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This article in JAS

  1. Vol. 90 No. 10, p. 3677-3692
    Received: Dec 30, 2011
    Accepted: Apr 8, 2012
    Published: January 20, 2015

    2 Corresponding author(s):


EXTENSION EDUCATION SYMPOSIUM: Reinventing extension as a resource—What does the future hold?1

  1. M. A. Mirando*,
  2. J. M. Bewley,
  3. J. Blue,
  4. D. M. Amaral-Phillips,
  5. V. A. Corriher§,
  6. K. M. Whittet*,
  7. N. Arthur and
  8. D. J. Patterson 2
  1. *Institute of Food Production and Sustainability, Division of Animal Systems, USDA National Institute of Food and Agriculture, Washington, DC 20250-2241
    †Department of Animal and Food Sciences, University of Kentucky, Lexington 40546-0215
    ‡Truffle Media Networks, Indianapolis, IN 46254
    §Texas AgriLife Extension, Texas AgriLife Research and Extension Center, Overton 75684; and
    #University of Missouri, Columbia 65211


The mission of the Cooperative Extension Service, as a component of the land-grant university system, is to disseminate new knowledge and to foster its application and use. Opportunities and challenges facing animal agriculture in the United States have changed dramatically over the past few decades and require the use of new approaches and emerging technologies that are available to extension professionals. Increased federal competitive grant funding for extension, the creation of eXtension, the development of smartphone and related electronic technologies, and the rapidly increasing popularity of social media created new opportunities for extension educators to disseminate knowledge to a variety of audiences and engage these audiences in electronic discussions. Competitive grant funding opportunities for extension efforts to advance animal agriculture became available from the USDA National Institute of Food and Agriculture (NIFA) and have increased dramatically in recent years. The majority of NIFA funding opportunities require extension efforts to be integrated with research, and NIFA encourages the use of eXtension and other cutting-edge approaches to extend research to traditional clientele and nontraditional audiences. A case study is presented to illustrate how research and extension were integrated to improve the adoption of AI by beef producers. Those in agriculture are increasingly resorting to the use of social media venues such as Facebook, YouTube, LinkedIn, and Twitter to access information required to support their enterprises. Use of these various approaches by extension educators requires appreciation of the technology and an understanding of how the target audiences access information available on social media. Technology to deliver information is changing rapidly, and Cooperative Extension Service professionals will need to continuously evaluate digital technology and social media tools to appropriately integrate them into learning and educational opportunities.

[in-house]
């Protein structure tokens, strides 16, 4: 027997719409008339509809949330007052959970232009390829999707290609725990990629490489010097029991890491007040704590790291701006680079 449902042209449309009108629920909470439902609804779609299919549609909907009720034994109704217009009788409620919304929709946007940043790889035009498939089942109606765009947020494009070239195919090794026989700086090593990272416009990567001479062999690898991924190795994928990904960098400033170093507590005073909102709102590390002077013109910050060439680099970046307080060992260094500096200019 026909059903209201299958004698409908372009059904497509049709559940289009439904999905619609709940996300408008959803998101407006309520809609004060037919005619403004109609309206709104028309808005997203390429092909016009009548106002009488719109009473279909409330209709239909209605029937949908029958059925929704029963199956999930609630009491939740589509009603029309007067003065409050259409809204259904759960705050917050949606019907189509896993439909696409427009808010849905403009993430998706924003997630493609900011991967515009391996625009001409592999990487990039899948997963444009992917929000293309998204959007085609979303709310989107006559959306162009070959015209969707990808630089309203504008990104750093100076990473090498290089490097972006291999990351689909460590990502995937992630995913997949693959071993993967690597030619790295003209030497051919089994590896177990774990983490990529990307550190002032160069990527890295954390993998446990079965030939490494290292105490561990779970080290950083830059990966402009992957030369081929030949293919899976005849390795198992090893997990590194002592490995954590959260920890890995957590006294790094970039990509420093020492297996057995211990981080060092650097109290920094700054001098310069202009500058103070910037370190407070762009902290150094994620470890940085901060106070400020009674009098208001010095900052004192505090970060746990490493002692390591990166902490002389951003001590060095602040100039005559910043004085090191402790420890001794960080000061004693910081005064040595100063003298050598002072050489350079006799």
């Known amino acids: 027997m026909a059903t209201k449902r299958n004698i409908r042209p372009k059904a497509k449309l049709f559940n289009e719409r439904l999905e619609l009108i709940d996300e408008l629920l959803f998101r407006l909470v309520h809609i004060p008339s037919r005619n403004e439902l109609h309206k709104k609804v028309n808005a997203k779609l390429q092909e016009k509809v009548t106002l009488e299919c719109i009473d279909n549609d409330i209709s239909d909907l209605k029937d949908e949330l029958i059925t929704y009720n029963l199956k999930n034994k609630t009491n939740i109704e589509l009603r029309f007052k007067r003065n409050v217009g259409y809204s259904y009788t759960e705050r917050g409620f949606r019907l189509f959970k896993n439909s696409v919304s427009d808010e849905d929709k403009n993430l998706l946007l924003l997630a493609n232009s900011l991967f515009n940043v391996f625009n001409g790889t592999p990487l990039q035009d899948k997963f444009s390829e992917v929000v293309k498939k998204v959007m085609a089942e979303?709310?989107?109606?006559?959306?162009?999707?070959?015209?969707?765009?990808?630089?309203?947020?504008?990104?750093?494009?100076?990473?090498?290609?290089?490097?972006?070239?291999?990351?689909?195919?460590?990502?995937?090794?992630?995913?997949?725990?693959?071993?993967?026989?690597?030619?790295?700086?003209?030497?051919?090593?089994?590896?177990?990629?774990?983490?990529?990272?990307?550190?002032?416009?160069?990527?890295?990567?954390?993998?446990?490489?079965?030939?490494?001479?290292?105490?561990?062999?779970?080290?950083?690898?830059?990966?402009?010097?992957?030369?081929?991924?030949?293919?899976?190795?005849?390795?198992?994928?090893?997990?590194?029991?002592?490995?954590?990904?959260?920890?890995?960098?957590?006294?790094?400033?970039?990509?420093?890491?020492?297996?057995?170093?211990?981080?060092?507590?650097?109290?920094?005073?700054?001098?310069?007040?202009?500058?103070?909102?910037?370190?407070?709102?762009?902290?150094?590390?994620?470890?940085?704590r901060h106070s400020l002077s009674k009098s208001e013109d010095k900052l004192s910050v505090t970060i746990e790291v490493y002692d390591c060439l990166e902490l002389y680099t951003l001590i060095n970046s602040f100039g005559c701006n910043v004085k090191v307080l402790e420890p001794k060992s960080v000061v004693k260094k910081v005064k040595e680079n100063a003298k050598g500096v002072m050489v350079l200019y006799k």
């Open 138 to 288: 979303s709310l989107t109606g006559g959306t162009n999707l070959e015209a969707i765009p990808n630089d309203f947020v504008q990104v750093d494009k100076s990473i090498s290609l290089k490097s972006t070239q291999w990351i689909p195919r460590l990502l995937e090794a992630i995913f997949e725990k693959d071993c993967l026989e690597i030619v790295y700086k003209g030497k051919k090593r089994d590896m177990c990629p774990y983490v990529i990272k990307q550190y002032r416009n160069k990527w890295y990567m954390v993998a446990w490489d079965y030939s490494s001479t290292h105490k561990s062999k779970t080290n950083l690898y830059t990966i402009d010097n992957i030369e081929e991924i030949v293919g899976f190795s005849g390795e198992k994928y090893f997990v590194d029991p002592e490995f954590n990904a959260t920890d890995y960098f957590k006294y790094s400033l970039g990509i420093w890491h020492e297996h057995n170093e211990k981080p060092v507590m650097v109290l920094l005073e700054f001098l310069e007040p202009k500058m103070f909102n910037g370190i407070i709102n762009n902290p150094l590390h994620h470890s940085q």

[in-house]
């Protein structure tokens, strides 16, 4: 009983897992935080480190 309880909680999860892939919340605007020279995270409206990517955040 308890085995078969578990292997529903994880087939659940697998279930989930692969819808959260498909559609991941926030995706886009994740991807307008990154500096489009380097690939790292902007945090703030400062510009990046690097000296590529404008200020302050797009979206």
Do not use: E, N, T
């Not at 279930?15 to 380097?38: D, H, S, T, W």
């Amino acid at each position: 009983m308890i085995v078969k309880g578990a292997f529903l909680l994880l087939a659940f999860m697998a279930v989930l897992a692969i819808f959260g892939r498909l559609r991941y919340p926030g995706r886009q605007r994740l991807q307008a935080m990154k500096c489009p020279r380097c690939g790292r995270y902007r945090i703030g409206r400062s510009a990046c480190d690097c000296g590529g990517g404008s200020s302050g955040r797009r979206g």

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Copyright © 2012. American Society of Animal Science